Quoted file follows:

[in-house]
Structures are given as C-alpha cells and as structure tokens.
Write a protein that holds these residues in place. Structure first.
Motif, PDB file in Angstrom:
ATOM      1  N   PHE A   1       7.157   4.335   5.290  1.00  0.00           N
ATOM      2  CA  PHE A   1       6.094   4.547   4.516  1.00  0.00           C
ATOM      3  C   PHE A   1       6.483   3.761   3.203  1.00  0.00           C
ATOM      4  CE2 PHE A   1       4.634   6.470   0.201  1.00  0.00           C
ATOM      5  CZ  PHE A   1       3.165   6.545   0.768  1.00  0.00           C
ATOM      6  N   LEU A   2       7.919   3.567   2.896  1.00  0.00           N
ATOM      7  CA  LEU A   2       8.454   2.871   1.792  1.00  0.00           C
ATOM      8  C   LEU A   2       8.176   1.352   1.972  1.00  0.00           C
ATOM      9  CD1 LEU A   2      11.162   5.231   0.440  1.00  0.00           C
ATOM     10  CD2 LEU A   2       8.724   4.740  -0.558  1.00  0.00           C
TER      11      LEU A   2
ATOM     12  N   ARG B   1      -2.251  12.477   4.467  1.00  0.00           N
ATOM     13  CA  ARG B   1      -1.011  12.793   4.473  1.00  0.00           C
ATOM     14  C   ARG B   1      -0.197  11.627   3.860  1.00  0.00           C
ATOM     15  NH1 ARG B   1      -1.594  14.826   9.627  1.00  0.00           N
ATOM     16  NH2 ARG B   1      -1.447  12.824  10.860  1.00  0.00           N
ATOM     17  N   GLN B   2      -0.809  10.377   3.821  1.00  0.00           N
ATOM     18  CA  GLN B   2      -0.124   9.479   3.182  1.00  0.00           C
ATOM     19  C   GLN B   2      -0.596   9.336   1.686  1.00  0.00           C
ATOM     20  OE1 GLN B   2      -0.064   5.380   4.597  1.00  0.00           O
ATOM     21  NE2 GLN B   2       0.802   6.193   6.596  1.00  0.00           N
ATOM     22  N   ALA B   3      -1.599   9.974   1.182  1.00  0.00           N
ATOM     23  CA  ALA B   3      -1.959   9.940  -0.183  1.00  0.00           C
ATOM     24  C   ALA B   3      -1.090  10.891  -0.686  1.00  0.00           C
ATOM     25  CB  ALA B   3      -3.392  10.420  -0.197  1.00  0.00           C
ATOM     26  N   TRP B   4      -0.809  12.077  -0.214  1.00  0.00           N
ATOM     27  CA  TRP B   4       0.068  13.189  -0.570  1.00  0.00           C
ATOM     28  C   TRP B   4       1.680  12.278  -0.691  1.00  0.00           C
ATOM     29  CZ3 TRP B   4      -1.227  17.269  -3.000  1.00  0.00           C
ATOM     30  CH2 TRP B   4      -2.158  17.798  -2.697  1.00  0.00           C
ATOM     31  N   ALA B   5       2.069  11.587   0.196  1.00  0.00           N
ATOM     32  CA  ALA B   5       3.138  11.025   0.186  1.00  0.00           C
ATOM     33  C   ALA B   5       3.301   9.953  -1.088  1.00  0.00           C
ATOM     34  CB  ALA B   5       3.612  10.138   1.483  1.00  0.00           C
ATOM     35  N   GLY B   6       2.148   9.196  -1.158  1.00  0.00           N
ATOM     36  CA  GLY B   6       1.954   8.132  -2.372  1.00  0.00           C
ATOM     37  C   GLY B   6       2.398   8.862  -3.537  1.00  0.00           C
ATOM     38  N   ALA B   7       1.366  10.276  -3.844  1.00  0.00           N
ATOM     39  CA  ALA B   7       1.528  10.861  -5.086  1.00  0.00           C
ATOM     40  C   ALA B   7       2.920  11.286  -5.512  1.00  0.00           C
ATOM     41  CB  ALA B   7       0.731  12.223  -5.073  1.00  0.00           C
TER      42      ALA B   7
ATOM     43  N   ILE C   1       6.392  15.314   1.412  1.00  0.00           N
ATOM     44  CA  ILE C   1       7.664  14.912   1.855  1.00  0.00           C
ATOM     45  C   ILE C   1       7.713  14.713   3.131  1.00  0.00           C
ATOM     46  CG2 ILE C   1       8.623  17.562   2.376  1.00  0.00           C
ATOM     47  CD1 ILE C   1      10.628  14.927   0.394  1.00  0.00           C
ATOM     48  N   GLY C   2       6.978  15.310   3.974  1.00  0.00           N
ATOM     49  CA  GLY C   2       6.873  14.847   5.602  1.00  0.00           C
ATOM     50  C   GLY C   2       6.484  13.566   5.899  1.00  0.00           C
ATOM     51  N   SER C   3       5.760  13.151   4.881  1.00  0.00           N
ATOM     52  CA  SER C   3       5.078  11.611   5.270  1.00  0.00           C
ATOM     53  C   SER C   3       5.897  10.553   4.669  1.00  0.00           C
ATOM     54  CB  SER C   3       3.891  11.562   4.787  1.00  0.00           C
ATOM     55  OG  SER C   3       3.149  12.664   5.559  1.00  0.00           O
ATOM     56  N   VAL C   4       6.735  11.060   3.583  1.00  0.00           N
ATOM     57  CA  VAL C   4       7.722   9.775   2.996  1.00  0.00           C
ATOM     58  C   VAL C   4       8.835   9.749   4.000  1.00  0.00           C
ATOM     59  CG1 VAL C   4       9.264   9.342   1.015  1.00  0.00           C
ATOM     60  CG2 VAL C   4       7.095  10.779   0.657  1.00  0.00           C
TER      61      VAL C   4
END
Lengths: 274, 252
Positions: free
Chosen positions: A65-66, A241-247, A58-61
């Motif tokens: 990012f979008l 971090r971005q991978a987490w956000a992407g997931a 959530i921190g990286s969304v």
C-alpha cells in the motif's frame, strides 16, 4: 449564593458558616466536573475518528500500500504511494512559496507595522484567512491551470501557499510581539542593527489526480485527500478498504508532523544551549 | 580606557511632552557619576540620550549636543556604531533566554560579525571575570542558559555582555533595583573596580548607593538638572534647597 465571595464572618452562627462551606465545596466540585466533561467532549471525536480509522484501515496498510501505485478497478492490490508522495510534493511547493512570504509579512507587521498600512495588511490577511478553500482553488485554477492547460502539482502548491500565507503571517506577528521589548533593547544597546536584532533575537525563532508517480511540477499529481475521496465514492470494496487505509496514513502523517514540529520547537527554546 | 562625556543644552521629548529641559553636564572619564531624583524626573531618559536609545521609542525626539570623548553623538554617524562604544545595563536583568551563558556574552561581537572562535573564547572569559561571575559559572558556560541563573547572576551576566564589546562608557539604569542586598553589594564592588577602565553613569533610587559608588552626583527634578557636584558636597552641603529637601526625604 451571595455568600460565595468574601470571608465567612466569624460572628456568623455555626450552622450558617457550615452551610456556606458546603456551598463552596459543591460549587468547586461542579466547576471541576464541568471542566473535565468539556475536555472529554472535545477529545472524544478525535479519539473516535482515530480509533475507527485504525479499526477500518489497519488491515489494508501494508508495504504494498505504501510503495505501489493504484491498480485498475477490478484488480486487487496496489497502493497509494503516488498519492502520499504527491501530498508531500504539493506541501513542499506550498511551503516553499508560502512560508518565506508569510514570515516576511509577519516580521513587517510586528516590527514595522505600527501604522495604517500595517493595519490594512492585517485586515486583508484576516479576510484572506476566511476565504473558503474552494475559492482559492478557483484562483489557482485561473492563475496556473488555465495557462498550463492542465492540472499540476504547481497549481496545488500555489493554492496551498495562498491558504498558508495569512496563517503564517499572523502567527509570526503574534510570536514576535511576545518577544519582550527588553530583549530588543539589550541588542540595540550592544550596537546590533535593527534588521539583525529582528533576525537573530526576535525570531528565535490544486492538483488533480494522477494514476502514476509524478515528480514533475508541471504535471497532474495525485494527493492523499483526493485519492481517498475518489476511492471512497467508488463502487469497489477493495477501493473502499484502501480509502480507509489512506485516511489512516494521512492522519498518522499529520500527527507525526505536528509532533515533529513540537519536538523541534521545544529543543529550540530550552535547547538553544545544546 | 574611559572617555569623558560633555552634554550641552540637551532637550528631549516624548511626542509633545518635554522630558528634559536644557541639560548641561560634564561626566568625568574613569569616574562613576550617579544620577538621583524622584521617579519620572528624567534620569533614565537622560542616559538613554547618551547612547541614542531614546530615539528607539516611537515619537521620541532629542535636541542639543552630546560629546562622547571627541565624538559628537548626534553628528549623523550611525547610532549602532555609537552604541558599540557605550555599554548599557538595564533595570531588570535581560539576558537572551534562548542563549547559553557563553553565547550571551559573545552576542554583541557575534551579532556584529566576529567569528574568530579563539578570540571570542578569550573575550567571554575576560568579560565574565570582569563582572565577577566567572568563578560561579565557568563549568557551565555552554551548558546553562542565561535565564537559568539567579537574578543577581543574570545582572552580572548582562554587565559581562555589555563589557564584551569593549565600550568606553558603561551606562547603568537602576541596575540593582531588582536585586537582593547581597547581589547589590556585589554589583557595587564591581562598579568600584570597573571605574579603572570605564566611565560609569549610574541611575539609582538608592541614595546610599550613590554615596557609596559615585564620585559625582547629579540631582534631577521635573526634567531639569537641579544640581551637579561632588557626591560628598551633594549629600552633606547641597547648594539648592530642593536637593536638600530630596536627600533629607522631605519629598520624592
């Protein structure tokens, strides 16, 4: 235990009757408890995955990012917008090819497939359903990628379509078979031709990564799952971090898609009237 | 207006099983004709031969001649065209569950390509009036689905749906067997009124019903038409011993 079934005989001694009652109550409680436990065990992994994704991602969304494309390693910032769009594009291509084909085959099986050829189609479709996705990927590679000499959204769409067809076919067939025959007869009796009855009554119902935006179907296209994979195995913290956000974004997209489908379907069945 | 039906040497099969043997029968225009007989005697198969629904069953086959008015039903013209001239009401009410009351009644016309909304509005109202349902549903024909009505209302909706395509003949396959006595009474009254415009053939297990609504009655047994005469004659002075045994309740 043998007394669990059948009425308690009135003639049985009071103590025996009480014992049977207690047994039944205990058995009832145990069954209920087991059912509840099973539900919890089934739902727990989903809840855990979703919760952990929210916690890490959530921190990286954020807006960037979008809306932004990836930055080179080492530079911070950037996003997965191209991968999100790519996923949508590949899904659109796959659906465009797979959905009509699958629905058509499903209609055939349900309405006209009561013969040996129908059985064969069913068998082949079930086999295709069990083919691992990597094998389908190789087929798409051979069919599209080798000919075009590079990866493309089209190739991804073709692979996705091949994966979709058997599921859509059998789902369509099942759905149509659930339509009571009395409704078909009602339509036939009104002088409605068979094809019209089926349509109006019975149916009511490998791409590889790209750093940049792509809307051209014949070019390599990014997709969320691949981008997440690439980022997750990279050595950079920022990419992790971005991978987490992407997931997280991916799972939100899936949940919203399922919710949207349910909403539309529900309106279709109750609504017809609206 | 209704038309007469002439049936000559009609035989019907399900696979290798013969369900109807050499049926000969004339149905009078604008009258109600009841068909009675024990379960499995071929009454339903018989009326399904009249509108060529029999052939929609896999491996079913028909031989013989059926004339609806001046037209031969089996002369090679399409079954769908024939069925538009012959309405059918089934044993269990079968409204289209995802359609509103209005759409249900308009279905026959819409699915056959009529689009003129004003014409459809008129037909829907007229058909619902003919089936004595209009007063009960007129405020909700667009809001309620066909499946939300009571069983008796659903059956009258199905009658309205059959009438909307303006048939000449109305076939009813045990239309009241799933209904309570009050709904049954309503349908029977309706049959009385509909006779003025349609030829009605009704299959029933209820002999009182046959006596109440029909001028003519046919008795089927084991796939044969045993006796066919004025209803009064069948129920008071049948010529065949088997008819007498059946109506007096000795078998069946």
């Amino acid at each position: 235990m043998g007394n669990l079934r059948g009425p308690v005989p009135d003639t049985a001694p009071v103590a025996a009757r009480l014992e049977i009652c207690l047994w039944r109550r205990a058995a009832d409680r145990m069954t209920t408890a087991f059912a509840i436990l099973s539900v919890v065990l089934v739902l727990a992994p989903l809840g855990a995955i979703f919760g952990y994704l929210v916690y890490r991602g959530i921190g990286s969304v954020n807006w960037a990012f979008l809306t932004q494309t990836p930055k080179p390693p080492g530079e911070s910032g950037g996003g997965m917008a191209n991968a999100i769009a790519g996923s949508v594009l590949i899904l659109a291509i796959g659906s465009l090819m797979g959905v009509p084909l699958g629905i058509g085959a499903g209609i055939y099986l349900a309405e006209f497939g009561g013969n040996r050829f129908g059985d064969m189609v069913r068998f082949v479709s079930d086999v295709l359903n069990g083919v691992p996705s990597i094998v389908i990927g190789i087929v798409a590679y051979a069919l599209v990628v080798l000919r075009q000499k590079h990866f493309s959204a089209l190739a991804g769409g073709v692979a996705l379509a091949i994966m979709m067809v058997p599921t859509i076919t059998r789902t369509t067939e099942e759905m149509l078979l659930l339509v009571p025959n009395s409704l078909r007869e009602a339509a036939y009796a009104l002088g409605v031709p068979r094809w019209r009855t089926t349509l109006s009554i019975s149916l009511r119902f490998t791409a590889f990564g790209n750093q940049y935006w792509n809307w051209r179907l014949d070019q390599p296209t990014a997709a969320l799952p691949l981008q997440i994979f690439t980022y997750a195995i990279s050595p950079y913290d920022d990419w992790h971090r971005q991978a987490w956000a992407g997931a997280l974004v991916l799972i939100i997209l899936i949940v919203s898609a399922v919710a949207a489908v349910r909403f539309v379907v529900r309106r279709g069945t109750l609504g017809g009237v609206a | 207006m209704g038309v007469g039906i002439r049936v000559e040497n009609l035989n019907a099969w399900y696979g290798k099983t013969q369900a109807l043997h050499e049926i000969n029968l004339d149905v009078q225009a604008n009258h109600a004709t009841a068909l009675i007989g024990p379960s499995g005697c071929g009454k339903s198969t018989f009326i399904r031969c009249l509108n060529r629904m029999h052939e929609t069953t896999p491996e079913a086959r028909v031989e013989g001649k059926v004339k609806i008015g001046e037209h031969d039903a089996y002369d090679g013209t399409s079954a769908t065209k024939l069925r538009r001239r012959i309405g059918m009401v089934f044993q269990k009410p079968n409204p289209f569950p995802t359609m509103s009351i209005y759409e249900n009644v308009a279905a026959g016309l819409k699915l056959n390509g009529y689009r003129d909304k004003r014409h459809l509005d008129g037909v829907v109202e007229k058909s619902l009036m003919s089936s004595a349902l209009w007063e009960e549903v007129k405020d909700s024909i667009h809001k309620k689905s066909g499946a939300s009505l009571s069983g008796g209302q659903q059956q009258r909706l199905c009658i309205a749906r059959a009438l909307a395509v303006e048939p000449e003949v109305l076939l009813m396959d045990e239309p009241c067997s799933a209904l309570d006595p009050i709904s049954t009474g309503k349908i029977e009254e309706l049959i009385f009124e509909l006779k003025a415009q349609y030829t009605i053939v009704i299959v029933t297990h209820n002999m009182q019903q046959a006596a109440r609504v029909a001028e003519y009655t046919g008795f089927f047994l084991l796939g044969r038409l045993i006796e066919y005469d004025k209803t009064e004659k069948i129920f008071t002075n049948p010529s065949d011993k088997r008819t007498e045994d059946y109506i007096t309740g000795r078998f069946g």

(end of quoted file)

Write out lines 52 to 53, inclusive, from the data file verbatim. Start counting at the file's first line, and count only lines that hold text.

ATOM     48  N   GLY C   2       6.978  15.310   3.974  1.00  0.00           N
ATOM     49  CA  GLY C   2       6.873  14.847   5.602  1.00  0.00           C